This year proved outstanding for intelligently designed and thought-provoking additions to the growing body of literature that point us in the direction of a vegan ideal, while further blurring the line between “us” and “them.” The following 10 books, published between November 2009 and October 2010, made the biggest splash, touching on subjects from factory farming and food politics to both the emotions and morals of companion and wild animals. Of course your opinions may vary. If the book that most opened your eyes in the past 12 months is missing, leave a comment below with the title and author.
Animal Camp by Kathy Stevens
The second book by Catskill Animal Sanctuary’s founder is a stocking stuffer for sure, a light read that still packs punch with wonderfully heartwarming and entertaining stories of the lucky animals who found refuge in Upstate New York.
Gristle edited by Moby and Miyun Park
Ten essays deal with 10 problems of factory farming. An eye-opener, Gristle expands the argument for a veg planet beyond ethics, health, and global warming.
Meat is for Pussies by John Joseph
This testosterone-filled version of Skinny Bitch is the male meatless manifesto. In the year of the vegan man, Joseph pushed the envelope further than any.
The New Good Life by John Robbins
The acclaimed author offers a semi-autobiographical account of his financial losses due to the Bernie Madoff scandal, then segues into a how-to guide to living better with less during the current global economic downturn—or anytime.
On a Dollar a Day: One Couple’s Unexpected Adventures in Eating in America by Christopher Greenslate and Kerri Leonard
A young San Diego couple experiments with nourishing themselves each day on far less than a cup o’ Starbucks. An interesting and informative quick read.
Second Nature by Jonathan Balcombe, PhD
Along with Wild Justice (below), Balcombe’s Second Nature adds to the building tsunami of scholarly science which leaves those who insist that animals don’t possess emotions in the same club as those of think evolution is a theory.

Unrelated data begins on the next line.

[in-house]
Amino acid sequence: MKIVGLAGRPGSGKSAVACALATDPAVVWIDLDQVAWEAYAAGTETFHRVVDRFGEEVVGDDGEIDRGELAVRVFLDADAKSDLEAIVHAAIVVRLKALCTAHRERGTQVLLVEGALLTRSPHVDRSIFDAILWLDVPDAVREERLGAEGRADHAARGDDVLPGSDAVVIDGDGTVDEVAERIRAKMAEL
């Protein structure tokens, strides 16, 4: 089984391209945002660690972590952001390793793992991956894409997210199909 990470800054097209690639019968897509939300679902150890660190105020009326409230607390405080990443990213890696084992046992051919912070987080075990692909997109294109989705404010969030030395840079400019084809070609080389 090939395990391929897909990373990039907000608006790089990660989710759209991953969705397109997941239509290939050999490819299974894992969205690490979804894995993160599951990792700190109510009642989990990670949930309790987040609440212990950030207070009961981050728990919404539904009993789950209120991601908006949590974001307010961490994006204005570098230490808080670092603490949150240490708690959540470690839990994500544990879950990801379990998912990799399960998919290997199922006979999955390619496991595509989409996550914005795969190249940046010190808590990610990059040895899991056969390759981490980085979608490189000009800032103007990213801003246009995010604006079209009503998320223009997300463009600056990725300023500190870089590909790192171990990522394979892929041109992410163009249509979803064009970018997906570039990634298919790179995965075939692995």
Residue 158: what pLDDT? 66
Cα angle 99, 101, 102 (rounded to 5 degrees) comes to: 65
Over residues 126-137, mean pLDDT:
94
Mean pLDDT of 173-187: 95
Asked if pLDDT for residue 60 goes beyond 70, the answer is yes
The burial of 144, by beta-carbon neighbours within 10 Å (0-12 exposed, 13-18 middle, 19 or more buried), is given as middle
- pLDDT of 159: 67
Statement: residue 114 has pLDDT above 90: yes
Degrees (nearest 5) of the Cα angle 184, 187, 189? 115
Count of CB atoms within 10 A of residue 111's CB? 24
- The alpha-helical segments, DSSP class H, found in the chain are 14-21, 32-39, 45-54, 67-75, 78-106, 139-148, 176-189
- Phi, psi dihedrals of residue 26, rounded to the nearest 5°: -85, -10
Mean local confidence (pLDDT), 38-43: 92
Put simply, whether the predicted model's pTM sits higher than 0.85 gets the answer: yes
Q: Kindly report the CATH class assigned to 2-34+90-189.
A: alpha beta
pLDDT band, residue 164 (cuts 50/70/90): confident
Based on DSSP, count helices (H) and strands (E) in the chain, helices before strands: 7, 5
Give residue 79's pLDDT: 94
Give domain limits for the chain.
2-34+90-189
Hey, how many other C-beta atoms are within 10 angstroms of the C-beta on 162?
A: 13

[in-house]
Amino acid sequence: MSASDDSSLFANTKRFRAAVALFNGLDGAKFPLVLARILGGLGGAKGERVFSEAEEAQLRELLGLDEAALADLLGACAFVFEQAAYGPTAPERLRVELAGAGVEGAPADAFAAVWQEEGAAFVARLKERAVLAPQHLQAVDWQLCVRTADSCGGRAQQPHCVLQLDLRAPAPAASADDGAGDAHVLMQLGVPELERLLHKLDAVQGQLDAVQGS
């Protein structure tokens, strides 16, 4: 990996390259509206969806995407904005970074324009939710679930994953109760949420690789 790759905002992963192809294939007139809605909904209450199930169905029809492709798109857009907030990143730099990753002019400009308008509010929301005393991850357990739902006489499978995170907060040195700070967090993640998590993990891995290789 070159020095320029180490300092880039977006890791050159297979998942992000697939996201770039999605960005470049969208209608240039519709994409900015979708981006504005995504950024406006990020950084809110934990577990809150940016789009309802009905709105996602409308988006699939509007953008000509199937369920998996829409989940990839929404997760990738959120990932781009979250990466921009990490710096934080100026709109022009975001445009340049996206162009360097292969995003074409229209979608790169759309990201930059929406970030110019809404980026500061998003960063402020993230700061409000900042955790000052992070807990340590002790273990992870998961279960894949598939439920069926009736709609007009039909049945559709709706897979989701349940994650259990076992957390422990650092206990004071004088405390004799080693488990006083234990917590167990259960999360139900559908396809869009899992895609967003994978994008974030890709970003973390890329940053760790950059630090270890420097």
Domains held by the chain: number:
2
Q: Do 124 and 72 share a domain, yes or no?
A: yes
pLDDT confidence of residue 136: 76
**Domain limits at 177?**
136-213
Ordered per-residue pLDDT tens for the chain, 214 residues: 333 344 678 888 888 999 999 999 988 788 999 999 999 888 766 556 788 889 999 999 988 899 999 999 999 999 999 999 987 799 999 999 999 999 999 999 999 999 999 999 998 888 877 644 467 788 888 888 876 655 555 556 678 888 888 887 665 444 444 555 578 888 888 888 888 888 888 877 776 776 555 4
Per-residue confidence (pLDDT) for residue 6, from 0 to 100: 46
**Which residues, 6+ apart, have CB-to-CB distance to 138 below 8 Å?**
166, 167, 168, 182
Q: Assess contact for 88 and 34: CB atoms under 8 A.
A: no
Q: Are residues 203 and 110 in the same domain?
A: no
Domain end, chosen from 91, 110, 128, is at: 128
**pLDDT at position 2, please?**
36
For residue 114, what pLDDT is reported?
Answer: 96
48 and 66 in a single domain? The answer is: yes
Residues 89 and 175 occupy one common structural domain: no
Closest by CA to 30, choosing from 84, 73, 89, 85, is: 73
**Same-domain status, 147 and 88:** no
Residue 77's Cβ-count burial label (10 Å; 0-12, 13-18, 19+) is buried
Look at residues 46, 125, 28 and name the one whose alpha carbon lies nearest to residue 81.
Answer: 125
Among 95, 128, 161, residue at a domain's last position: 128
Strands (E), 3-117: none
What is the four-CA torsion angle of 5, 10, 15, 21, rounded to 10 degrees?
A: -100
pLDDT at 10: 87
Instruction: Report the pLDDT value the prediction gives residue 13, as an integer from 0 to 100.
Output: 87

The Sexual Politics of Meat (20th Anniversary Edition) by Carol J. Adams
Since it turned 20 in 2010, and was re-released, this book belongs on any Top 10 list. Adams’ magnum opus not only ages well, it gets better and more relevant with the passage of time.
Whitewash: The Disturbing Truth About Cow’s Milk and Your Health by Joseph Keon
Whitewash is by far the best book written on the subject of dairy. It’s as convincing as Diet for a New America or The China Study, and should be required reading for all.
Why We Love Dogs, Eat Pigs, and Wear Cows by Melanie Joy, PhD
Joy coins a new word, “carnism,” that roughly translates as “the hidden ideology that both hides yet reinforces that eating some animals is OK.” Why We Love Pigs proposes that giving a name to an aberrant behavior is the first step toward dismantling it.
Wild Justice: The Moral Lives of Animals by Marc Bekoff, PhD and Jessica Pierce
Bekoff and Pierce offer convincing science that shows morality in undomesticated animals, removing from the ever-shrinking list yet another “human-only behavior” for our increasingly non-anthropomorphic world. See also Second Nature.
Extra! Extra! Two recently published books were just received in the VN offices that I have barely been able to glance through at press time. Given the prowess of their authors, both could very well warrant inclusion on this list. Tom Regan and Andrew Linzey edited Other Nations, a collection of fiction from mostly renowned authors (Orwell, Hemingway) that “illuminates our moral relationship with animals.” Gary Francione and Robert Garner have written The Animal Rights Debate, which tackles the “rights” vs. “welfare” argument in the US and elsewhere from legal and philosophical perspectives.